MLB needs to discipline some umpires. Now.

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Lost in the two straight dramatic wins that have the Rockies within spittin’ distance of first place is a bizarre series of exchanges from Monday’s game that, according to the Denver Post, is likely going to get some umpires disciplined:

Several Rockies alleged after Monday’s
dramatic, 14th-inning 6-4 victory that second-base umpire Bill Miller
called catcher Yorvit Torrealba a derogatory name while the catcher was
a baserunner late in the game . . .
Tensions began to escalate because,
Torrealba said, Miller insulted him, saying that he was out of line by
showing up Campos during the game with his body language on
questionable calls against Rockies pitchers. A witness to the incident
said that Miller referred to his own experience as an umpire in
explaining why he had the right to criticize Torrealba’s actions,
though he wasn’t working the plate.

As that was going on, Rockies’ reliever Huston Street started jawing at first base umpire Jim Joyce, telling him that he needed to get Miller to lay off of Torrealba. Instead, Joyce came to the dugout and got into it with Street. After the game, during the celebration after Spilborghs’ homer, Torrelaba apparently had some nasty words with Campos and/or Miller.

Bob Watson is looking into it all, and if the Post’s story is accurate, there had better be some discipline against the umps.  This has been a pretty bad year for umpire behavior, and at some point baseball needs to send a message to them that they need to rise above whatever petty baloney they feel the players and managers are doing during a game and do their job.

If I was in charge of umpires I’d order them not to even argue back during heated exchanges because nothing looks sillier than a manager ranting and raving to a stone faced ump. Going way beyond that and actually calling out players during a game for what they perceive to be disrespect is utterly unacceptable.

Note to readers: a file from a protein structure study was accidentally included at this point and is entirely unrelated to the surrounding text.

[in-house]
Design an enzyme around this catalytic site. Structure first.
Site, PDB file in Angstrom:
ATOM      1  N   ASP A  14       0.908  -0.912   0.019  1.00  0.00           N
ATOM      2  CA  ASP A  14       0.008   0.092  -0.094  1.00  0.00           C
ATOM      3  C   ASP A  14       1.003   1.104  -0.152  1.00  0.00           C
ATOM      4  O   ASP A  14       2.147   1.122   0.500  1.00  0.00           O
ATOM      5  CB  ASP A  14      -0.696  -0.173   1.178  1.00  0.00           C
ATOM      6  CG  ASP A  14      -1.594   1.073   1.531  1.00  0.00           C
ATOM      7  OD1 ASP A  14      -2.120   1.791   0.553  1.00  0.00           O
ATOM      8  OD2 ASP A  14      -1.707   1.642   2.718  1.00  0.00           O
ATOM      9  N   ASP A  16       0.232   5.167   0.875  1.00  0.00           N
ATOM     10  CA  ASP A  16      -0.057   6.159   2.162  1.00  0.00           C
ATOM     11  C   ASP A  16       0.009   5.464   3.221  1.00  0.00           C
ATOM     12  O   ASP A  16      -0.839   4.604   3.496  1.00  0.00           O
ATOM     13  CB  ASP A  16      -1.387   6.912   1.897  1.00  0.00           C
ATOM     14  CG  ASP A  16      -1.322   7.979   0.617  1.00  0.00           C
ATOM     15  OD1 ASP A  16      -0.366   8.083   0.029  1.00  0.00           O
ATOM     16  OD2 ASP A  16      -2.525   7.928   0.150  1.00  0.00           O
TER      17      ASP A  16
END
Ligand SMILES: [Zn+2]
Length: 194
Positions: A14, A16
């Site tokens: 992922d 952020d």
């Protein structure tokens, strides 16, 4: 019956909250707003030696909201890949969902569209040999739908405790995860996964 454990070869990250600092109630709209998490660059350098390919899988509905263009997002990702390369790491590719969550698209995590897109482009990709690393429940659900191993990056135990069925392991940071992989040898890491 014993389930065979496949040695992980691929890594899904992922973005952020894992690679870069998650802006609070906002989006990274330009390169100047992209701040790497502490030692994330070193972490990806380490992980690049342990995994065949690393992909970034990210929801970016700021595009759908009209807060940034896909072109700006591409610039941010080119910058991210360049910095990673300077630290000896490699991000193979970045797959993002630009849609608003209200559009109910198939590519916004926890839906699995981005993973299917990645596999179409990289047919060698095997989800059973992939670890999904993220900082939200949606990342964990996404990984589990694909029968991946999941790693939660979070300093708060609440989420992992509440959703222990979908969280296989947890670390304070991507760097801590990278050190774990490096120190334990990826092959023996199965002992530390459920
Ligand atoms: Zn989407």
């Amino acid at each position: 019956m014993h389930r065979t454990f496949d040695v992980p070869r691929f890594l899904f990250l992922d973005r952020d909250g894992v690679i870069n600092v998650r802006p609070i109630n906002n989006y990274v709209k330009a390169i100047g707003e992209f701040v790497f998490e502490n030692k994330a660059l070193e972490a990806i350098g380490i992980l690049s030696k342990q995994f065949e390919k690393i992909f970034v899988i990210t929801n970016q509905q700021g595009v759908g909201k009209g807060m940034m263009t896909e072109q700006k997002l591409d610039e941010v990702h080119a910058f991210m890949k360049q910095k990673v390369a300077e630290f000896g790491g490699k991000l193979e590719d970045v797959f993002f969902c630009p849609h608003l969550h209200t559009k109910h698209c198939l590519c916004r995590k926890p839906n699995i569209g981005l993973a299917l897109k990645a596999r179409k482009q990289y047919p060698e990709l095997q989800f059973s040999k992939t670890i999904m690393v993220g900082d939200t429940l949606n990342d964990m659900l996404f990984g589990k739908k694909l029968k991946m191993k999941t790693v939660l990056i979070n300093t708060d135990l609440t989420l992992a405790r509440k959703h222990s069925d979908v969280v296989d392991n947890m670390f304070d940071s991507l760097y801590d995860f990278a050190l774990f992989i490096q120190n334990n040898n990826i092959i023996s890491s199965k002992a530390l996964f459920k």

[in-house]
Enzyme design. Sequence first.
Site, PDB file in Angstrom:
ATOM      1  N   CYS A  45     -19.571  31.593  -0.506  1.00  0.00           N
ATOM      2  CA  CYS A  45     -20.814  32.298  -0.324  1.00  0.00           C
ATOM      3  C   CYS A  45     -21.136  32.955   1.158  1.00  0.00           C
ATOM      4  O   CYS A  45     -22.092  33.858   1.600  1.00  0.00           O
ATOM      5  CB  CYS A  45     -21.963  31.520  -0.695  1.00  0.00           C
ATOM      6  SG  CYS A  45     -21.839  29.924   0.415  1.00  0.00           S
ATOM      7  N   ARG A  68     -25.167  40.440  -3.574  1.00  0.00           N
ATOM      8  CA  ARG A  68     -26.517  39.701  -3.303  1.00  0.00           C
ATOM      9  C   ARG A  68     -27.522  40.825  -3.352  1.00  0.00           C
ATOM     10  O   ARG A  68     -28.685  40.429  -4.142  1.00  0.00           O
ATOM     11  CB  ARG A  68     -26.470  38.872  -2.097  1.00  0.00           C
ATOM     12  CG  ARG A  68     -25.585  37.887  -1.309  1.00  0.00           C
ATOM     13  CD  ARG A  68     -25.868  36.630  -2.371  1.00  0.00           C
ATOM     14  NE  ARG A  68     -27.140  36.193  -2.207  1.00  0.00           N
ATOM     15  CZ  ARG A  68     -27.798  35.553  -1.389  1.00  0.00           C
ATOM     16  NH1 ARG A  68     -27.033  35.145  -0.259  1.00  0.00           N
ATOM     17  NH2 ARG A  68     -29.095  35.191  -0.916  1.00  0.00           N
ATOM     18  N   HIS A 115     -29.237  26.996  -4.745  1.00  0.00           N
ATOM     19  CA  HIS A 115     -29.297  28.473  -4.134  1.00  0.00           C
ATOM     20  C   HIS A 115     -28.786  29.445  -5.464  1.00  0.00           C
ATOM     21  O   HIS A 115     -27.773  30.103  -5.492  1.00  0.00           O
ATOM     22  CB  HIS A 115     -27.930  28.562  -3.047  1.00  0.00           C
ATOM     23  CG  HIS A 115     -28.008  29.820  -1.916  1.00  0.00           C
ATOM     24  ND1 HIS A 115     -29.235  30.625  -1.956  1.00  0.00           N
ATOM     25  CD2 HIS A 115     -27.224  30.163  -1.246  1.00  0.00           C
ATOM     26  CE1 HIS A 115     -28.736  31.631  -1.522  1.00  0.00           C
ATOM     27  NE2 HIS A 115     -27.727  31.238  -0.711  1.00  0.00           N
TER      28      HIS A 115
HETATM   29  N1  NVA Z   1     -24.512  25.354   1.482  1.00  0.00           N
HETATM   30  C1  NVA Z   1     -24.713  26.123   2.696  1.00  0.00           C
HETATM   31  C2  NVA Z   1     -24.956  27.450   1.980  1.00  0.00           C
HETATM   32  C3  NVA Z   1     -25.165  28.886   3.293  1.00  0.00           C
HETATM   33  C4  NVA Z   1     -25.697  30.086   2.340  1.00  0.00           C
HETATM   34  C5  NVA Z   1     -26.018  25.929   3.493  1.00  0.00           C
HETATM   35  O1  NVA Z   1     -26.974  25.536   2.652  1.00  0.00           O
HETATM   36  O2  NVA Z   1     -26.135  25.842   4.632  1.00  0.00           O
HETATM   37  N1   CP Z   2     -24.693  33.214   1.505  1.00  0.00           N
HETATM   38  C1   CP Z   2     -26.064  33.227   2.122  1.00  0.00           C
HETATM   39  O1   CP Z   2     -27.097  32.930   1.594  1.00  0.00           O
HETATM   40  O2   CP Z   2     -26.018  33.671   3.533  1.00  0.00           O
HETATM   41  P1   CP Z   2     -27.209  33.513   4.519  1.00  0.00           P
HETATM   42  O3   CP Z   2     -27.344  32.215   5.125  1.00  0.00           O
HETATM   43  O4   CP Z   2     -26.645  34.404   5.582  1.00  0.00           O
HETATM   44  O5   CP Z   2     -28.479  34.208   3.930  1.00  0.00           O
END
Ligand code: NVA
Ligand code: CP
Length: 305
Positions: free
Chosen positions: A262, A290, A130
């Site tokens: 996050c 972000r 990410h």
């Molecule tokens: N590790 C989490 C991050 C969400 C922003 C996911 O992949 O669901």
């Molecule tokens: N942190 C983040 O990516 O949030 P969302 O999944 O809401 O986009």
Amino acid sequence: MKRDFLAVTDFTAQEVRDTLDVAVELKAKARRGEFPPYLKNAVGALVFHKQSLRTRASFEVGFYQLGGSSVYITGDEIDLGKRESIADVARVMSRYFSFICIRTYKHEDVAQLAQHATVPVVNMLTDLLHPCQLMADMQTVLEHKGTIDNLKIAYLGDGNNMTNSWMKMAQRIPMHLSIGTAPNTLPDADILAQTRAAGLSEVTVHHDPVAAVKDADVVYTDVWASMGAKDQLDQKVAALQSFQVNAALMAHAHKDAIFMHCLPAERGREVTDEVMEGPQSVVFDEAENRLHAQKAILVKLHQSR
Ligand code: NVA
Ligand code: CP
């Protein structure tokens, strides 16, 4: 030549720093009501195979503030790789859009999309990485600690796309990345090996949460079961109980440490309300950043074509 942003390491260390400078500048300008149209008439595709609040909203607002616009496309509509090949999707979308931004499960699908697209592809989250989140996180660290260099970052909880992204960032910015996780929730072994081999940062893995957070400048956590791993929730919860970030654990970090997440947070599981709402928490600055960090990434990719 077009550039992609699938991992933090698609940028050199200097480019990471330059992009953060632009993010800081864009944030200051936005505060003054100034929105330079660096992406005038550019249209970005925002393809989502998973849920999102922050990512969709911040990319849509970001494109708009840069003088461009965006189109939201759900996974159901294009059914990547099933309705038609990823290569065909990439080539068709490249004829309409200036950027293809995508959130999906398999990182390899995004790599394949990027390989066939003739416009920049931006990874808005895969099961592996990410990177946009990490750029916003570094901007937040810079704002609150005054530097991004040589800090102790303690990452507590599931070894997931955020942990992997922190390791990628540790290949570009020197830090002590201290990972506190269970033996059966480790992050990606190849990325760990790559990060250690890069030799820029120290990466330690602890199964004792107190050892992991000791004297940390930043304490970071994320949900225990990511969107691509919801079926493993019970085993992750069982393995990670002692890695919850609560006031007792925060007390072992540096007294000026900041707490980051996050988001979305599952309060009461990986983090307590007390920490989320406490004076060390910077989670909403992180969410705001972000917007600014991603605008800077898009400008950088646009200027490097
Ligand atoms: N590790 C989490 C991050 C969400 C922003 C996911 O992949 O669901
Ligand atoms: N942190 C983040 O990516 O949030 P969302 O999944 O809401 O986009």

In order to legitimize their authority, umps need to take the high road.  It seems that the only way they’ll be inspired to do that is for Bob Watson to knock them down a few pegs.  Watson and baseball has been loathe to do that when necessary, but they desperately need to do it now.

Mike Napoli and Rays have “mutual interest” in a deal

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Marc Topkin of the Tampa Bay Times unloaded a lot of interesting news items about the Rays last night, including a report that the Rays might have “mutual interest” in a deal with free agent first baseman/DH Mike Napoli. The Rangers declined Napoli’s $11 million option earlier this month and owe the veteran infielder a $2.5 million buyout.

Napoli, 36, had a strange year in Texas. He turned in 29 home runs, good for 11th-most among AL hitters, but finished the year batting just .193/.285/.428 over 485 plate appearances. According to FanGraphs, his -0.5 fWAR was the worst mark of his career to date, but on the bright side, he should come cheap for a team looking to swap out their veterans come spring.

Of course, the specifics of the Rays’ offseason plan have yet to be divulged — or, by all accounts from Topkin, even decided on. The club could go the refurbishment route, changing out some of their higher-paid veterans for a mix of prospects and cheaper aging players; or they could opt for a full rebuild, which Topkin cautions against as it could have a negative effect on the financing of a new ballpark. Either way, the Rays figure to offload some of their bigger contracts this winter, and will need to decide if they want to retain Alex Colome, Chris Archer, Wilson Ramos, Evan Longoria and others before pursuing any other major free agents.